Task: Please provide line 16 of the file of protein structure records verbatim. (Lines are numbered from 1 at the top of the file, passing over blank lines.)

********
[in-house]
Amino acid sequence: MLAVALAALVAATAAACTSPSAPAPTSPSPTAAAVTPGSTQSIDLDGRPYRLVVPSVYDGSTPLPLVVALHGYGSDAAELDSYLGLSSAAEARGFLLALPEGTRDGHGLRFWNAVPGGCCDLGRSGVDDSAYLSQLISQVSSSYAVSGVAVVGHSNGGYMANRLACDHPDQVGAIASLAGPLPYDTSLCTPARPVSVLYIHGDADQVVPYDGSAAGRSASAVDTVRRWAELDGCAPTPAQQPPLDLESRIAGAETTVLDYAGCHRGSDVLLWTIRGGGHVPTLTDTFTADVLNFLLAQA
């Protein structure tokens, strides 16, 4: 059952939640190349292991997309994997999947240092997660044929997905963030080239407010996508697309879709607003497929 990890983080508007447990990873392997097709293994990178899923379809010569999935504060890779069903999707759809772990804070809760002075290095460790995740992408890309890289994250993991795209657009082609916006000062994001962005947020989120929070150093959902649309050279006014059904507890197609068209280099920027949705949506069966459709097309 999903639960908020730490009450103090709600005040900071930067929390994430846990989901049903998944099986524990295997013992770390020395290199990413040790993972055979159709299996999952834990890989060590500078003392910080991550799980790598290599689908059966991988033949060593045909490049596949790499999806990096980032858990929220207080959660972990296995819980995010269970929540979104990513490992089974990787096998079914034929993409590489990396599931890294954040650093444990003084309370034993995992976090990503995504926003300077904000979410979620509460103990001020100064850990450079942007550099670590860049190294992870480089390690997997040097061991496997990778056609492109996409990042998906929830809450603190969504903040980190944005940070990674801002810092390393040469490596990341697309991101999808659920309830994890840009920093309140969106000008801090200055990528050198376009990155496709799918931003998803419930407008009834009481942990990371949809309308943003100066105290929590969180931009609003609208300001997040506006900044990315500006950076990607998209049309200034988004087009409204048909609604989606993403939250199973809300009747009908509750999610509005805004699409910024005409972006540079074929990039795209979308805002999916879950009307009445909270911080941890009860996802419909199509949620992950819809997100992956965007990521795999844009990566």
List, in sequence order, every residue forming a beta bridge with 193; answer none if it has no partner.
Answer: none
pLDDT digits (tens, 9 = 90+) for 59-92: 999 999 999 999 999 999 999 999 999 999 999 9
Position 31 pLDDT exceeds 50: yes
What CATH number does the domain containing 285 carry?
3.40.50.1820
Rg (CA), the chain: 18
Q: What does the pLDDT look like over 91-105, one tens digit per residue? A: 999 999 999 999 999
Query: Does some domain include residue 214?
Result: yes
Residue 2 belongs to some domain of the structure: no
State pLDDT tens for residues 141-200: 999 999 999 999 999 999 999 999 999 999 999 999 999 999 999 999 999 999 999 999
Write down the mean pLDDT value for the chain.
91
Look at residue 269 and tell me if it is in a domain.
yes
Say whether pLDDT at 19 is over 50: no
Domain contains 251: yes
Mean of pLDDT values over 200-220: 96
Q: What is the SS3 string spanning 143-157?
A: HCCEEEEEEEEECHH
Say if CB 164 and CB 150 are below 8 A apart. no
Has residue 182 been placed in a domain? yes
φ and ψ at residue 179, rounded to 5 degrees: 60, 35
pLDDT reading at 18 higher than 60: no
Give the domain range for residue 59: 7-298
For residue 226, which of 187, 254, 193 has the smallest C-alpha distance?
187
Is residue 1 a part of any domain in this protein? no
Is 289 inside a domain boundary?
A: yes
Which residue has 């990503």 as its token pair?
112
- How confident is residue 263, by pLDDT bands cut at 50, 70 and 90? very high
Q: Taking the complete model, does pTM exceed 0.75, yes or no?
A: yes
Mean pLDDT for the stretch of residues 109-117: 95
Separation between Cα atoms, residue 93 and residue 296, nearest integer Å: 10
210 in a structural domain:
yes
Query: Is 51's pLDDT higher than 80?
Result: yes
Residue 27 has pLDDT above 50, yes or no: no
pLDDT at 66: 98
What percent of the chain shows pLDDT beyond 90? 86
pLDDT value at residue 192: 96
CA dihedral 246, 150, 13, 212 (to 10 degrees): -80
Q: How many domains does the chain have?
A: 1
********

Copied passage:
Write down the mean pLDDT value for the chain.